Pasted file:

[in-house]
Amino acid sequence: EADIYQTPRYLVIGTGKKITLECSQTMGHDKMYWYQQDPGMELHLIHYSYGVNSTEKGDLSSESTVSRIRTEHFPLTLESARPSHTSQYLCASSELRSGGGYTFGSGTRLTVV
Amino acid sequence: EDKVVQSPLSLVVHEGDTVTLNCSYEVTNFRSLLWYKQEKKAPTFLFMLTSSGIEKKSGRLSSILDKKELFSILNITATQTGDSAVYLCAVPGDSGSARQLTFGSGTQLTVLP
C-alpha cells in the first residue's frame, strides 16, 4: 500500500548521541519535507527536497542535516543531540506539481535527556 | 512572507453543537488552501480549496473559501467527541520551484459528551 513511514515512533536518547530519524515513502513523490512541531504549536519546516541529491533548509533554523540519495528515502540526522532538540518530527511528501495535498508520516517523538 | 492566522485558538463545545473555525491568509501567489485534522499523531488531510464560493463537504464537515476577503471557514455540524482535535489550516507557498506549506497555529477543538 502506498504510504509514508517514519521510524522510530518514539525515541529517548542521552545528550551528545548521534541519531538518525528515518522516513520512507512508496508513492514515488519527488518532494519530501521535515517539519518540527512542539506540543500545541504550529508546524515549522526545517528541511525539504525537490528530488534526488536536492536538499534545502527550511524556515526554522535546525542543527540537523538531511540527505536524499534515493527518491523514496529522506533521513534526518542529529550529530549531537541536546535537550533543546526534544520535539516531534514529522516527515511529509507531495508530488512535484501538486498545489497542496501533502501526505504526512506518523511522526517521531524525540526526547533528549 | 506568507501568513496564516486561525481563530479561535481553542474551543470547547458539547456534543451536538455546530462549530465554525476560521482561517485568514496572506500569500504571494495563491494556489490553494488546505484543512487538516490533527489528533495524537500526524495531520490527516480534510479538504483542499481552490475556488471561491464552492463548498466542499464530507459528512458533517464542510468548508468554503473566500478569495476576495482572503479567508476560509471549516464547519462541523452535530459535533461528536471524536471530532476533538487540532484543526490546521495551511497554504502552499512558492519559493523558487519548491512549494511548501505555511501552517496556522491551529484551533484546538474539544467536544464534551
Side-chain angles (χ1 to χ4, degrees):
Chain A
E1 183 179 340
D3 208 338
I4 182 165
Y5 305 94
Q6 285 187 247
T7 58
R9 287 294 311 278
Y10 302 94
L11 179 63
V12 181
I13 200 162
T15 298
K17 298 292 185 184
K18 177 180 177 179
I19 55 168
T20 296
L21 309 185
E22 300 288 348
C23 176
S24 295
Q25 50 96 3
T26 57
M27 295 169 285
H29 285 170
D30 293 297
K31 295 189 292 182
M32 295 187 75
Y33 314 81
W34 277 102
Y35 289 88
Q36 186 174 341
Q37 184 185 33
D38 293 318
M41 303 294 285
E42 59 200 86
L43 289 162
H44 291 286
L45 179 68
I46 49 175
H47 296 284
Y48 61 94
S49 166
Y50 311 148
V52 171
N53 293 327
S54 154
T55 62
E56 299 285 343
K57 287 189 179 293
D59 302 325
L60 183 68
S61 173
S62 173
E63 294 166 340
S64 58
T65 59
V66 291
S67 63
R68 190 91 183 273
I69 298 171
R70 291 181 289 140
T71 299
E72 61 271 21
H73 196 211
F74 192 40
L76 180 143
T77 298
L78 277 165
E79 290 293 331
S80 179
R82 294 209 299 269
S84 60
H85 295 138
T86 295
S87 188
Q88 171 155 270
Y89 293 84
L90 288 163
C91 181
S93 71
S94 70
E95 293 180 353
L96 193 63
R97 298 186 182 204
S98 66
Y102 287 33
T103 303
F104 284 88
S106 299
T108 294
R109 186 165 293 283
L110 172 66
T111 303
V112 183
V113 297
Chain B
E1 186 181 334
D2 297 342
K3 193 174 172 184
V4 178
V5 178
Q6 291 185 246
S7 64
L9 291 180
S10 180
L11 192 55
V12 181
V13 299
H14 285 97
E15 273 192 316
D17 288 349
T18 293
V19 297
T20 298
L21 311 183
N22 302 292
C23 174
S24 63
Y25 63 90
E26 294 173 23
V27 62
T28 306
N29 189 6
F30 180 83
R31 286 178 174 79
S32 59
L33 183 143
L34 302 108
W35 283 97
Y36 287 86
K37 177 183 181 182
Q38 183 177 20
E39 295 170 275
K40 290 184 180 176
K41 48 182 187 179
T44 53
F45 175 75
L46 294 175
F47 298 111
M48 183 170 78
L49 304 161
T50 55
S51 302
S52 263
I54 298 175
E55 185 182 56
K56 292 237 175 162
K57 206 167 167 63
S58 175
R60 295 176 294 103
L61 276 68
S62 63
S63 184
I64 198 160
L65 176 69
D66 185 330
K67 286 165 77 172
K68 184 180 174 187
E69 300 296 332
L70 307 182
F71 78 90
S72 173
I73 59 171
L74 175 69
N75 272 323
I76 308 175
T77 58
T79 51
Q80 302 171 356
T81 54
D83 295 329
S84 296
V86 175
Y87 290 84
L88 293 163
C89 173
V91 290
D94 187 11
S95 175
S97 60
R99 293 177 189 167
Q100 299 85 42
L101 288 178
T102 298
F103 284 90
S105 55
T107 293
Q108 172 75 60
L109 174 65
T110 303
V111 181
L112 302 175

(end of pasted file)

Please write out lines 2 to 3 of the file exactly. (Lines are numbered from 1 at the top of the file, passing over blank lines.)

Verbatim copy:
Amino acid sequence: EADIYQTPRYLVIGTGKKITLECSQTMGHDKMYWYQQDPGMELHLIHYSYGVNSTEKGDLSSESTVSRIRTEHFPLTLESARPSHTSQYLCASSELRSGGGYTFGSGTRLTVV
Amino acid sequence: EDKVVQSPLSLVVHEGDTVTLNCSYEVTNFRSLLWYKQEKKAPTFLFMLTSSGIEKKSGRLSSILDKKELFSILNITATQTGDSAVYLCAVPGDSGSARQLTFGSGTQLTVLP